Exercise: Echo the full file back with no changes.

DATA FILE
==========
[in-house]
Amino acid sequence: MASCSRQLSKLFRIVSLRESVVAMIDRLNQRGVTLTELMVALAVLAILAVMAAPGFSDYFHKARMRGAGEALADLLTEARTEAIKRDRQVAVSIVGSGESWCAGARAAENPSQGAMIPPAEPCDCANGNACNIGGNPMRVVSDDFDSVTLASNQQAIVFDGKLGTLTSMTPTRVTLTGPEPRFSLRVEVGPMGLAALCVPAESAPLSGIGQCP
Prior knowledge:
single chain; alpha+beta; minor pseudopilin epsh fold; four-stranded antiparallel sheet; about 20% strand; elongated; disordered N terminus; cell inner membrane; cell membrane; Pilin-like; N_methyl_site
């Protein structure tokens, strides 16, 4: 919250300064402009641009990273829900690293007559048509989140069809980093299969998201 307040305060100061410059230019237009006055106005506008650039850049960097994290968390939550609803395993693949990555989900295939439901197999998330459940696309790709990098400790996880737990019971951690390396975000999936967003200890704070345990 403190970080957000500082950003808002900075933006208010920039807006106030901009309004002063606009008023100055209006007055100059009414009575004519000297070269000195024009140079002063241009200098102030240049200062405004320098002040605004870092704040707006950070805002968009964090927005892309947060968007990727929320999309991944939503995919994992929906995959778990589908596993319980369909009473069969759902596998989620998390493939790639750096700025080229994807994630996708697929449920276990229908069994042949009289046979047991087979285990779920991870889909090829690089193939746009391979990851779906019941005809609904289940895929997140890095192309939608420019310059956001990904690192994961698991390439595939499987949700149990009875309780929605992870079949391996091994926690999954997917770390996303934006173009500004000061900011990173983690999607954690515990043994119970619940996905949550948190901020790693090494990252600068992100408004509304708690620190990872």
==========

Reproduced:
[in-house]
Amino acid sequence: MASCSRQLSKLFRIVSLRESVVAMIDRLNQRGVTLTELMVALAVLAILAVMAAPGFSDYFHKARMRGAGEALADLLTEARTEAIKRDRQVAVSIVGSGESWCAGARAAENPSQGAMIPPAEPCDCANGNACNIGGNPMRVVSDDFDSVTLASNQQAIVFDGKLGTLTSMTPTRVTLTGPEPRFSLRVEVGPMGLAALCVPAESAPLSGIGQCP
Prior knowledge:
single chain; alpha+beta; minor pseudopilin epsh fold; four-stranded antiparallel sheet; about 20% strand; elongated; disordered N terminus; cell inner membrane; cell membrane; Pilin-like; N_methyl_site
């Protein structure tokens, strides 16, 4: 919250300064402009641009990273829900690293007559048509989140069809980093299969998201 307040305060100061410059230019237009006055106005506008650039850049960097994290968390939550609803395993693949990555989900295939439901197999998330459940696309790709990098400790996880737990019971951690390396975000999936967003200890704070345990 403190970080957000500082950003808002900075933006208010920039807006106030901009309004002063606009008023100055209006007055100059009414009575004519000297070269000195024009140079002063241009200098102030240049200062405004320098002040605004870092704040707006950070805002968009964090927005892309947060968007990727929320999309991944939503995919994992929906995959778990589908596993319980369909009473069969759902596998989620998390493939790639750096700025080229994807994630996708697929449920276990229908069994042949009289046979047991087979285990779920991870889909090829690089193939746009391979990851779906019941005809609904289940895929997140890095192309939608420019310059956001990904690192994961698991390439595939499987949700149990009875309780929605992870079949391996091994926690999954997917770390996303934006173009500004000061900011990173983690999607954690515990043994119970619940996905949550948190901020790693090494990252600068992100408004509304708690620190990872």